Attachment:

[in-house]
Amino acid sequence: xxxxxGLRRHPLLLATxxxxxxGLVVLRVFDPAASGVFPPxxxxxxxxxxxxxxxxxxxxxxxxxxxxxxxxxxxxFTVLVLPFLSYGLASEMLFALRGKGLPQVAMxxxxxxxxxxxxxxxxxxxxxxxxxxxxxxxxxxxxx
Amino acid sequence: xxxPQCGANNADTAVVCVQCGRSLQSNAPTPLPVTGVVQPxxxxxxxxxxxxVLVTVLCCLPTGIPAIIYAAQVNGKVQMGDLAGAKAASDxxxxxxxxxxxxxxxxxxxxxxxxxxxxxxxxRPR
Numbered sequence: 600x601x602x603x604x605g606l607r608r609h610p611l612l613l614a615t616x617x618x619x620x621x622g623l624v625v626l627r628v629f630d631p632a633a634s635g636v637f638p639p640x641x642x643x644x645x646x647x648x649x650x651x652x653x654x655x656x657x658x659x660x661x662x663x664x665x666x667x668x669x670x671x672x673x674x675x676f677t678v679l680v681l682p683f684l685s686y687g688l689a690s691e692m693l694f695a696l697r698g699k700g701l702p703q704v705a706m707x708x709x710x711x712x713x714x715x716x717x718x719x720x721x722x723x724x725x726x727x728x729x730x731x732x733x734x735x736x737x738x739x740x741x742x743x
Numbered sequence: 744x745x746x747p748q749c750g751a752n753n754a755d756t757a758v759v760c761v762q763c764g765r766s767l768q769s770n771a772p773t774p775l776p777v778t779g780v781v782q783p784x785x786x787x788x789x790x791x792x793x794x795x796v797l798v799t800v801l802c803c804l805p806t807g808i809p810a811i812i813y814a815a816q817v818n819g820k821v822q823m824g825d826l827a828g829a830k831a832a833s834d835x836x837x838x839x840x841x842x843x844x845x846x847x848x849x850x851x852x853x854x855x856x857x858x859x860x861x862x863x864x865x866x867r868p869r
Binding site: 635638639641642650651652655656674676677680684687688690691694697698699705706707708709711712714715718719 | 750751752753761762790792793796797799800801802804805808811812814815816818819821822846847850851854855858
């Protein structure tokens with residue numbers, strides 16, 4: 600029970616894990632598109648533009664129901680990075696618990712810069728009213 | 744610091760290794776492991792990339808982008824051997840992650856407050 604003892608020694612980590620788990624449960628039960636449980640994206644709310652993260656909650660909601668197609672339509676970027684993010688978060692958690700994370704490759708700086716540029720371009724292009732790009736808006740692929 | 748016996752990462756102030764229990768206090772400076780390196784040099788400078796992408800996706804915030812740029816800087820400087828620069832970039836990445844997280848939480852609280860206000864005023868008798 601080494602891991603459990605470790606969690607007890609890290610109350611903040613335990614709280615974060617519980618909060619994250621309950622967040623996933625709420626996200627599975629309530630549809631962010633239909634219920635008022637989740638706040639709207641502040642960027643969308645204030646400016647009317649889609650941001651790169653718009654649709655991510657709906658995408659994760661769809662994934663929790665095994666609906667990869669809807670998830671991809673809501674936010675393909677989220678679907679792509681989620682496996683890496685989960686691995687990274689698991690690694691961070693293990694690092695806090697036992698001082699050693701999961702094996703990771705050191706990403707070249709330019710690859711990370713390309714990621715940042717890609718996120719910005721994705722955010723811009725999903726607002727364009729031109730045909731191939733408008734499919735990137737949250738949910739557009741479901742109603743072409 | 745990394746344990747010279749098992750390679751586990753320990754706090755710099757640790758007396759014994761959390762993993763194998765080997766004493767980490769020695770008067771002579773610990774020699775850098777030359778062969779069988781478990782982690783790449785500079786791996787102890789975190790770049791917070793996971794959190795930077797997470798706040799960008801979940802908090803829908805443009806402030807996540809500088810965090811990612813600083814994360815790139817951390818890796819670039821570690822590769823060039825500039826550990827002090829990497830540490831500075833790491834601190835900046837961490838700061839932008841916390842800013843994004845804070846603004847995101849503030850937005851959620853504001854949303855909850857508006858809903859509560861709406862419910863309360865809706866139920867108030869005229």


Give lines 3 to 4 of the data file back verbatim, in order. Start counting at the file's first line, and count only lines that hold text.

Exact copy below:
Amino acid sequence: xxxPQCGANNADTAVVCVQCGRSLQSNAPTPLPVTGVVQPxxxxxxxxxxxxVLVTVLCCLPTGIPAIIYAAQVNGKVQMGDLAGAKAASDxxxxxxxxxxxxxxxxxxxxxxxxxxxxxxxxRPR
Numbered sequence: 600x601x602x603x604x605g606l607r608r609h610p611l612l613l614a615t616x617x618x619x620x621x622g623l624v625v626l627r628v629f630d631p632a633a634s635g636v637f638p639p640x641x642x643x644x645x646x647x648x649x650x651x652x653x654x655x656x657x658x659x660x661x662x663x664x665x666x667x668x669x670x671x672x673x674x675x676f677t678v679l680v681l682p683f684l685s686y687g688l689a690s691e692m693l694f695a696l697r698g699k700g701l702p703q704v705a706m707x708x709x710x711x712x713x714x715x716x717x718x719x720x721x722x723x724x725x726x727x728x729x730x731x732x733x734x735x736x737x738x739x740x741x742x743x